Physics, cosmology, connection, time, and end of life
Updated: Sep 29
"The time of starlight is finite."
I had the great pleasure of seeing Professor Brian Cox speak* in Auckland last week, and I was struck by the number of parallels between his cosmology talk and many of the priorities I hold in my end of life consultancy work.
*I will out myself at this point as being much stronger with language than I am with numbers, so even though I have been reading and following developments in quantum physics for decades, I am not able to understand the formulae and equations because I do not have the mathematical knowledge to do so. I am deeply interested in the theories and processes uncovered by deep space exploration and in the LHC at CERN, but I need to read or hear a walk-through of how the equation/formula relates to the physical world. In addition to the recorded lectures, podcasts, documentaries, and public lectures I enjoy, Cox's talk with both word and images facilitate my understanding particularly well, permitting me a deeper and more comprehensive understanding of physics than I would ordinarily have access to.
We have as much time as we have...
Life, like starlight as Cox notes, is finite - it does not matter whether we are thinking in mammalian or cosmological time-scales, the finite nature of all existence is predetermined. I am quite struck by the quiet poetic reasoning of Cox's words here that humans, like starlight, shine for a period of time only. As many Gentle Readers here are well aware, I think that (for similar reasons, despite changes in scale of consideration) we humans are culturally trained to be challenged by thinking about an end - be it for ourselves, or for the universe we are a part of. So, I thought I would take a moment to accommodate my sociologist side here today to consider what may seem to be unrelated frameworks of thought: the human and the cosmological. Sociologists spend a good deal of time considering concepts and theories in terms of frameworks; for large-scale frameworks (governments, nations, education systems, bureaucracy, etc.) the term in use is macro. Small-scale, intimate, personal frameworks (lived experience, family, immediate social connections) are termed micro. If you wish to consider an intersection of the two the term is meso, but for now I am going to stay with the opposite ends of the consideration framework today, with the universe/cosmos as our macro, and human life as our micro.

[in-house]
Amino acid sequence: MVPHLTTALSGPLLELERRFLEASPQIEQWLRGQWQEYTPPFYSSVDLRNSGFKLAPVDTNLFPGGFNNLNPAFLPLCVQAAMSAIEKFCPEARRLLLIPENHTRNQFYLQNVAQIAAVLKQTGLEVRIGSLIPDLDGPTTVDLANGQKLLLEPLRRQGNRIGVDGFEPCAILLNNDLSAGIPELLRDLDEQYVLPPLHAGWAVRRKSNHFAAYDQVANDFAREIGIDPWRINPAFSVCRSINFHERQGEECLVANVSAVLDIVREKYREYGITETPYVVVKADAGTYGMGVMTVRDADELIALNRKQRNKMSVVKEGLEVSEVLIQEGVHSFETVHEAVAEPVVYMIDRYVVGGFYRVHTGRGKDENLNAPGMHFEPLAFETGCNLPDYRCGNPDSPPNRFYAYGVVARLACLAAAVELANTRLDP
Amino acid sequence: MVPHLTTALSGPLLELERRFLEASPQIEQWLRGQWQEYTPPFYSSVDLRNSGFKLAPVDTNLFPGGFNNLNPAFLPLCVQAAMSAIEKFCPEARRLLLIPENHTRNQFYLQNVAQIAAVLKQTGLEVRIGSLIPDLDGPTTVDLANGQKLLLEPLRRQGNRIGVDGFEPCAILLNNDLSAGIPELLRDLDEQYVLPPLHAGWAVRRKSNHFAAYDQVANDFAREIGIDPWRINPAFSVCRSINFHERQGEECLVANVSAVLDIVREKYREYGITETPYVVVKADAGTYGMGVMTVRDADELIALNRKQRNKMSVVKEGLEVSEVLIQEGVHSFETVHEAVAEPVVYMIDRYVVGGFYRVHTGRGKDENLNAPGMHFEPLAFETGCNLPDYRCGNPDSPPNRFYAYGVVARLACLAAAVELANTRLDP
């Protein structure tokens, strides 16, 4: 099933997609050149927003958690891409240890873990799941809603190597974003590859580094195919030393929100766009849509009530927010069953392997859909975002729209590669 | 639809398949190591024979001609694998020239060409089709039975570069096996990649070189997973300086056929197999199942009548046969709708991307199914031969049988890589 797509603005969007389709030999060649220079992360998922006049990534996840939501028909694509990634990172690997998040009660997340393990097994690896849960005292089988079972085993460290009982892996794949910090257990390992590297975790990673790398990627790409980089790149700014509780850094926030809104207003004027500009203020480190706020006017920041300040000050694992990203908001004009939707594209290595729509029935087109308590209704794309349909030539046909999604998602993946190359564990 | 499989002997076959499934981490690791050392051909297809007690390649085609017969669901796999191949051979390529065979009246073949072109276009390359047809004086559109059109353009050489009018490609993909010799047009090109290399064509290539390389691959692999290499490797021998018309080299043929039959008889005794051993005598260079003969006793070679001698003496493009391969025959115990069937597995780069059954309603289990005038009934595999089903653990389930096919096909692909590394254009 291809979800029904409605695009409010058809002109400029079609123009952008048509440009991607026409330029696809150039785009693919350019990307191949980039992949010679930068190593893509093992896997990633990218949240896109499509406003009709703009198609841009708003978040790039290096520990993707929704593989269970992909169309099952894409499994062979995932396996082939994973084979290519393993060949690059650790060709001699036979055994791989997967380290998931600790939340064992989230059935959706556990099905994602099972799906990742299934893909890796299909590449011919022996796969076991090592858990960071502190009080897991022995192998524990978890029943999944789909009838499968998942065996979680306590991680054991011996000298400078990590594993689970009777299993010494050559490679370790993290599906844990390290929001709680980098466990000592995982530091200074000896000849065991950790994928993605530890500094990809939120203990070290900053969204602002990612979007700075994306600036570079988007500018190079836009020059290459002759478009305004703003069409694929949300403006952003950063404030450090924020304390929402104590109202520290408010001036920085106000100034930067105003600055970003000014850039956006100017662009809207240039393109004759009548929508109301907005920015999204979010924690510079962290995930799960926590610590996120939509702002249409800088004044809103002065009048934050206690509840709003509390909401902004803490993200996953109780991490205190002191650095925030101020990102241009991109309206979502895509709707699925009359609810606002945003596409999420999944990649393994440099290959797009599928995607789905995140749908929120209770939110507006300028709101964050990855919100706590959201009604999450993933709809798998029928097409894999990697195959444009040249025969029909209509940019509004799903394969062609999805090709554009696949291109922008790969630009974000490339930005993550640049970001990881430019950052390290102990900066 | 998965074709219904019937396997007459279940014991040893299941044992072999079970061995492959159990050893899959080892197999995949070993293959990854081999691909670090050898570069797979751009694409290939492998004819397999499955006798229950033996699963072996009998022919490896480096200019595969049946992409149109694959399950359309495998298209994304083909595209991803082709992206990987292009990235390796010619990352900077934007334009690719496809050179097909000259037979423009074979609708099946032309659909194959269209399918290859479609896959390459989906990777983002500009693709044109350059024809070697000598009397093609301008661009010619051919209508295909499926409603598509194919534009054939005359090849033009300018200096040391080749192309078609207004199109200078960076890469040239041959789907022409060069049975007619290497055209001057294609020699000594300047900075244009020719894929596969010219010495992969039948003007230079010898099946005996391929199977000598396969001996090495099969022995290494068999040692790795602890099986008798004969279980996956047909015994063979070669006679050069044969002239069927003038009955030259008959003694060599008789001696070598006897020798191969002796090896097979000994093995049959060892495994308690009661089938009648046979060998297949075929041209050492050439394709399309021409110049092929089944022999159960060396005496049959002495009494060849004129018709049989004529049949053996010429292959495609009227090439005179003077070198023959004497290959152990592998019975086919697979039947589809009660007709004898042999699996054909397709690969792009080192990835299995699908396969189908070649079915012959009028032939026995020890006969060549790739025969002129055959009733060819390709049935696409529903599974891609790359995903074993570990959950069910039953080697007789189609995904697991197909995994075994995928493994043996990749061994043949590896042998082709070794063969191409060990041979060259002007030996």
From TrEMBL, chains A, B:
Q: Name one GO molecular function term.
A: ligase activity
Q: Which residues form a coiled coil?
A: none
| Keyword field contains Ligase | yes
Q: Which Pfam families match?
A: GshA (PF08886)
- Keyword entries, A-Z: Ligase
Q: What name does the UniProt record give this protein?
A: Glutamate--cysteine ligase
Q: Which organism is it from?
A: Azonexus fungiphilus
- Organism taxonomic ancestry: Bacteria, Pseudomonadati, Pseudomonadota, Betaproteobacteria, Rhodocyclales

Although not all of us will be born, all of us will die - and we understand how humans are conceived, and that death is an inevitable part of the life journey. The universe can be considered in a broadly similar fashion: the big bang was a stage of conception, elements, stars and galaxies were formed, and death for the universe is an inevitable part of it's life journey*. When we think of our own death one way to put it off is to simply not think about it, which leads to all sorts of issues when end of life wishes and care planning is not in place, see my previous post here. We are culturally trained to NOT think about death as there is a good deal of money to be made from corporate businesses from ignorance and fear - historically a variety of religions have made entire fortunes from people literally trying to buy their way into the 'good' afterlife, and now funeral homes are flagrantly profiteering from ignorance of the general public aided by an opacity of true funeral and body-care requirements and costs. Thinking about the death of the universe may be seen as an amplification of our own fears of death as the Unknown, as when the universe dies, we by default die also. *I won't go into detail here, but the heat death of the universe is explained very well by Professor Cox, adroitly aided and abetted by Robin Ince - buy a ticket to see them on tour, listen to the Infinite Monkey Cage Podcast, or see YouTube.
The time is now
“The ultimate paradox, of course, is that even though we're all going to die, we've all got to live in the meantime…” Cox's position - beautifully expressed on stage for the Universal tour - regarding a reasonable way to live life knowing that both our complex, human mammalian, form of life and the universe will ultimately and inevitably die, is to try and live as meaningful a life as possible. Making meaning is a deeply personal process - and concept - one that I engage with regularly in my work, and is a concept that most clients I work with discuss and consider. I do my best to support clients by using their own words whenever possible (something I also strive for in my research writing), because I am aware of the importance of not trying to impose my own ideas of the 'meaningful' onto the eulogy or funeral speech, memorial project, memory book content, or video script I am preparing with and for a client. I will be honest and say that assisting and facilitating others to articulate and achieve something that represents their own essence of the meaningful means a good deal to me. And I find the process deeply satisfying.